A 2009 Science paper that used Helicobacter pylori bacteria to trace the peopling of the Pacific relied on Treefinder to produce the microbes' phylogenetic tree.

A 2009 Science paper that used Helicobacter pylori bacteria to trace the peopling of the Pacific relied on Treefinder to produce the microbes' phylogenetic tree.

Moodley, Y. et al., Science, 23 January 2009, p. 527

Scientist says researchers in immigrant-friendly nations can't use his software

A German scientist is revoking the license to his bioinformatics software for researchers working in eight European countries because he believes those countries allow too many immigrants to cross their borders. From 1 October, scientists in Germany, Austria, France, the Netherlands, Belgium, the United Kingdom, Sweden, and Denmark—"the countries that together host most of the non-European immigrants“—won't be allowed to use a program called Treefinder, informatician Gangolf Jobb wrote in a statement he posted on his website.

Treefinder has been used in hundreds of scientific papers to build phylogenetic trees, diagrams showing the most likely evolutionary relationship of various species, from sequence data. Although the change in the license may be a nuisance for some researchers, the program is far from irreplaceable, several scientists tell ScienceInsider. Treefinder had not been updated for several years and it was mostly used by researchers who had grown used to it, they say. Some pointed to a list of possible alternatives online.

"Immigration to my country harms me, it harms my family, it harms my people. Whoever invites or welcomes immigrants to Europe and Germany is my enemy,” Jobb's statement reads. "Immigration unnecessarily defers the collapse of capitalism, its final crisis," the statement also reads.

Jobb had already excluded researchers in the United States from using the software in February. "I want to stress that this license change is not against my colleagues in the USA," he wrote at the time, "but against a small rich elite there that misuses the country's power to rule the world. The USA is our worst enemy.” In another part of the website, Jobb writes that "the scientific system is being misused to promote” the goals of a “small elite” and that "evil old men rule the world."

The 2004 paper describing Treefinder was written by Jobb and Korbinian Strimmer, a bioinformatician at Imperial College London who says he hasn't seen Jobb in 10 years. Jobb sent "grotesque emails with racist slogans" to professors in Germany in the past, Strimmer says. "His new diatribe against countries that host refugees is unbelievable.”

Strimmer says Jobb started a Ph.D. at the Max Planck Institute for Evolutionary Anthropology in Leipzig, Germany, under Arndt von Haeseler, now at the Center for Integrative Bioinformatics Vienna, who is also a co-author on the 2004 paper. Jobb later broke off his Ph.D., however, and joined Strimmer’s group for a year. “During that time I managed to persuade him to write the publication on Treefinder,” Strimmer says. It is not clear whether Jobb still has a job. (His website says that he “cannot work as a scientist, because my traditional views and values conflict with that elite’s doctrine.”)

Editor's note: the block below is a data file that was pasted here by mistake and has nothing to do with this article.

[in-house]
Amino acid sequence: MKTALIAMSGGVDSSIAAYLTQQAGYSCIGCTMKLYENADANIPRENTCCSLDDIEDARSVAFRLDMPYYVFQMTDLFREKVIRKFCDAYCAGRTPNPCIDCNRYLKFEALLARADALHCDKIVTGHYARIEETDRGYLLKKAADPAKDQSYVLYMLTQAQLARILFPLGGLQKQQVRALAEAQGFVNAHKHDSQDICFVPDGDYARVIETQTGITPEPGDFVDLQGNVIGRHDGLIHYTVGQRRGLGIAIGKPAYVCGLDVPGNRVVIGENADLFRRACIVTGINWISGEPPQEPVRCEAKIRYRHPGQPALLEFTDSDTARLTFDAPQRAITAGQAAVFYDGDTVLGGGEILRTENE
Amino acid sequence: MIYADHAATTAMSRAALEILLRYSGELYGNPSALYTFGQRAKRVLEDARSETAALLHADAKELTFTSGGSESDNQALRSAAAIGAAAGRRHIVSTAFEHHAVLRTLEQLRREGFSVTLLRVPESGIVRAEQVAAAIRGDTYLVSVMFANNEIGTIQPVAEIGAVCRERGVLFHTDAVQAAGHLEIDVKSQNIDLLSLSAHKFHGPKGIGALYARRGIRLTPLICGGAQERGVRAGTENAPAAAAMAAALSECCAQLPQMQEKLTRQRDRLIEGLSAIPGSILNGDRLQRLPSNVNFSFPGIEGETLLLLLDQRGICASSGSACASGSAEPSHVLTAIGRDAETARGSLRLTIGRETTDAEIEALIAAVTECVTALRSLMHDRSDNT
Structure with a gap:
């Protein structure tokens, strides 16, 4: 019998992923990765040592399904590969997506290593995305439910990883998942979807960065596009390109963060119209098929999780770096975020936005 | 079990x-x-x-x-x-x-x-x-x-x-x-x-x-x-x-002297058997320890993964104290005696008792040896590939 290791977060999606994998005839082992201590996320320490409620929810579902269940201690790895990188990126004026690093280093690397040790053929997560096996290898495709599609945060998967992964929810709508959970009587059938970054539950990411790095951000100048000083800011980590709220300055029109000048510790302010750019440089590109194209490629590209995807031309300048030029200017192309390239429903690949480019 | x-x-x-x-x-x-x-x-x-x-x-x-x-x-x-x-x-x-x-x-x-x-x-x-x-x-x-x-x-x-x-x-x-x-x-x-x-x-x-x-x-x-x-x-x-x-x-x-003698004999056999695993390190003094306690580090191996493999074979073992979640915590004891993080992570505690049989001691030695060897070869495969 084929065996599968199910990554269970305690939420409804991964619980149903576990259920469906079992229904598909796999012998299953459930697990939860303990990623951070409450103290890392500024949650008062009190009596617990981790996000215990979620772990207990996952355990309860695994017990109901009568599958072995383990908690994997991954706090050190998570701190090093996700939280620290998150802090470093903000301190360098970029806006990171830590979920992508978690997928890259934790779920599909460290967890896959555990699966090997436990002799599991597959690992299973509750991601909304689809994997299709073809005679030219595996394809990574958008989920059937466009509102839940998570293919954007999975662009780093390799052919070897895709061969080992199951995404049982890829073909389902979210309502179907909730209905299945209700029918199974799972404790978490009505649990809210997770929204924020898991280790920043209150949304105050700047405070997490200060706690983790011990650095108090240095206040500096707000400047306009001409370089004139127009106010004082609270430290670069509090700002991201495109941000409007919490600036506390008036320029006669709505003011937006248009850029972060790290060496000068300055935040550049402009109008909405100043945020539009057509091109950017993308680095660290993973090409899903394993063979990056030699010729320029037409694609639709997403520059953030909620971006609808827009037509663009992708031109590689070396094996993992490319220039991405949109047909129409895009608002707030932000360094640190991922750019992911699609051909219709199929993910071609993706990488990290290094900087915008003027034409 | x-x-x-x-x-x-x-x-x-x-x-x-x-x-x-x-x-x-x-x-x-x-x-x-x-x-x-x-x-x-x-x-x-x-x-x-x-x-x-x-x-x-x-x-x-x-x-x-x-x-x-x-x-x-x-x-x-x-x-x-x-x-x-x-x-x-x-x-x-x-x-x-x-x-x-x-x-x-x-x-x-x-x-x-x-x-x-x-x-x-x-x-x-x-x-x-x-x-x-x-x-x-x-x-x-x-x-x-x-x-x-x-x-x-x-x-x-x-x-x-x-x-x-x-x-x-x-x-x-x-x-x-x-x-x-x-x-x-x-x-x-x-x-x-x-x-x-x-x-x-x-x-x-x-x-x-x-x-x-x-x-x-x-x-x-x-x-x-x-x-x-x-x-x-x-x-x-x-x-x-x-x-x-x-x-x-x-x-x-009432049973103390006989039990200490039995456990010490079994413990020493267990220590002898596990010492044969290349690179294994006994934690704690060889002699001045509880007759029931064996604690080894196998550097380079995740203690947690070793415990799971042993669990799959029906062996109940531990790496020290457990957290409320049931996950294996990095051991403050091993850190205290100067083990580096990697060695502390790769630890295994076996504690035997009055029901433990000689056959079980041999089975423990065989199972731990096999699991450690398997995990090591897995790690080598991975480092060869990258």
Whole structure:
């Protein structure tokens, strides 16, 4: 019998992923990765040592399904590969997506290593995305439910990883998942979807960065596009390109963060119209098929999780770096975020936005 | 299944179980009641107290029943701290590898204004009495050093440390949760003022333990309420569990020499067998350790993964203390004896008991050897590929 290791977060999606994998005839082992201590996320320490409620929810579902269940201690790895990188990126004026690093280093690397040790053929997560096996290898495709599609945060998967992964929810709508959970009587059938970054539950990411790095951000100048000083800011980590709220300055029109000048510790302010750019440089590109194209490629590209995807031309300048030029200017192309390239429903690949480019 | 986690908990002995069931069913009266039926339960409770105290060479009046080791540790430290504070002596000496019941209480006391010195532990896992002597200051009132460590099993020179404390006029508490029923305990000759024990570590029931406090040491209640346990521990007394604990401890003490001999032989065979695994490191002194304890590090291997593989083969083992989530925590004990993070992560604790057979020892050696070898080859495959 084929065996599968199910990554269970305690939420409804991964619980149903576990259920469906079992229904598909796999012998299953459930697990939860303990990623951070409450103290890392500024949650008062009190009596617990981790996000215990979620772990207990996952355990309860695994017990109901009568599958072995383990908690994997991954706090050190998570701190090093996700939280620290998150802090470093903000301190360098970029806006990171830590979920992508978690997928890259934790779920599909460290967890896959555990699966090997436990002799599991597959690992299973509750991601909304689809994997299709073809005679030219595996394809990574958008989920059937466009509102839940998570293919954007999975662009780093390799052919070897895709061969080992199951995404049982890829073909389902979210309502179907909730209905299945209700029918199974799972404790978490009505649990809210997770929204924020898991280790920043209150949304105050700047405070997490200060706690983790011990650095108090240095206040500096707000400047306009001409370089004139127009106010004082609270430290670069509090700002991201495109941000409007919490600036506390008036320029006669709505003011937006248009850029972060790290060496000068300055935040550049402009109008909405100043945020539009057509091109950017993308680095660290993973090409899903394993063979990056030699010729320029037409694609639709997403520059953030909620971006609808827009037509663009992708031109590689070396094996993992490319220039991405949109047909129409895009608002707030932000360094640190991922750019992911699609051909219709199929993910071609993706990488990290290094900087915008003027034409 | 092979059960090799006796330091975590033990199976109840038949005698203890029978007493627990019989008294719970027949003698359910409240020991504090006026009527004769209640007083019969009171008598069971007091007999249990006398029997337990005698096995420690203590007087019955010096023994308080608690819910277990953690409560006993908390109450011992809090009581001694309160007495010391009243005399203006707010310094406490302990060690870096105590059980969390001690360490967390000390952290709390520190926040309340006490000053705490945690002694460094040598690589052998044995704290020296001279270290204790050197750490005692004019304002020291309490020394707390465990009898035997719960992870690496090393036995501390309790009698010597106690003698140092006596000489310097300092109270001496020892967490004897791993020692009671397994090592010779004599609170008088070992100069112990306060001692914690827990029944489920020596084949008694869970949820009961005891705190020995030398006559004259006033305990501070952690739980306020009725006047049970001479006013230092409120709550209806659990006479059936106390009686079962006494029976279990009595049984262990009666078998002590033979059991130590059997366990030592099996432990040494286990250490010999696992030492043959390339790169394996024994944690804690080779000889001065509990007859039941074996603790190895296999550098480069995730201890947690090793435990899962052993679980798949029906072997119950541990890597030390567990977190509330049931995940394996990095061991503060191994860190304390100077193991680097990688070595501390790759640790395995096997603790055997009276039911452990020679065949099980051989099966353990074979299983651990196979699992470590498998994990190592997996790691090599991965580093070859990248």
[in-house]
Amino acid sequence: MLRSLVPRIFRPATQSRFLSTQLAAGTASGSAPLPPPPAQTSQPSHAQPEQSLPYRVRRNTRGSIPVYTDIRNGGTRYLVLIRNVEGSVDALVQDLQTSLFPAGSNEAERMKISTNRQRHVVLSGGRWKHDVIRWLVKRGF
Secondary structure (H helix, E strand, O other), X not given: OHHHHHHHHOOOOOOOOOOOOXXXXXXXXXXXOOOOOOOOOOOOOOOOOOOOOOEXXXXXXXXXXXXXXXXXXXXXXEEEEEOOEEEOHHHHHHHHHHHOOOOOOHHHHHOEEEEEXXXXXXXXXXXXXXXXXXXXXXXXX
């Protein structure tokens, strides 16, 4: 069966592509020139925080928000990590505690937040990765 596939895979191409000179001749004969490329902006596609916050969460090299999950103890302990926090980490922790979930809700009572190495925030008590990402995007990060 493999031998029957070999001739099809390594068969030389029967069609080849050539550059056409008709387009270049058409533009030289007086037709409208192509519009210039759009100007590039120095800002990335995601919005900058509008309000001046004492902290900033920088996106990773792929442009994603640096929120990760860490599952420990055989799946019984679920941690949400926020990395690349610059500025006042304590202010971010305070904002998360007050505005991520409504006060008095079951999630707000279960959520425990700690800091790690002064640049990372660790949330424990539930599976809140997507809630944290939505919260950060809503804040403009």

Jobb initially declined to answer questions via email, referring to his website. But in an email sent after this article was first published, he said he was “no more ‘racist’ than most people in Europe” and that he wasn’t against saving refugees.

"I'd say not being able to use Treefinder would be no great loss to anyone,” says Sandra Baldauf, a biologist at Uppsala University in Sweden. A paper co-authored by Baldauf last year in Current Biology used Treefinder primarily because a colleague had long worked with it, she says; now that that researcher has left, Baldauf uses different software, she wrote in an email. And after reading Jobb's statement, "I would stop using [Treefinder] just on general principle, even if we had to resort to using pencil and paper.”

Another researcher, biologist Maria Nilsson-Janke at the Senckenberg Biodiversity and Climate Research Centre in Frankfurt, Germany, says her team has been using the software and only became aware of the change in the license—and Jobb’s worldview—after an email from ScienceInsider. She and her team “started to look for replacements, and have already found suitable programs,”Nilsson-Janke says. "We will also reanalyze data sets that are in the pipeline to be published.”

The affair shows that it is important for scientists to be knowledgeable about licensing issues when using software, says Antoine Branca, an evolutionary biologist at the University of Paris-Sud in Orsay, France, who co-authored a Nature Communications paper last year that also relied on Treefinder. Because Jobb owns the licence, he can restrict it as he sees fit; licenses like the GNU General Public License, on the other hand, grant users rights to use, study, share, and even modify the software freely. "Maybe people will be more aware of this now,” Branca says.

*Update, 30 September, 5:00 p.m.: Comments from Jobb were added to this story after its first publication. Also, a comment about the Treefinder software was removed and the name of the Senckenberg Biodiversity and Climate Research Centre was corrected.

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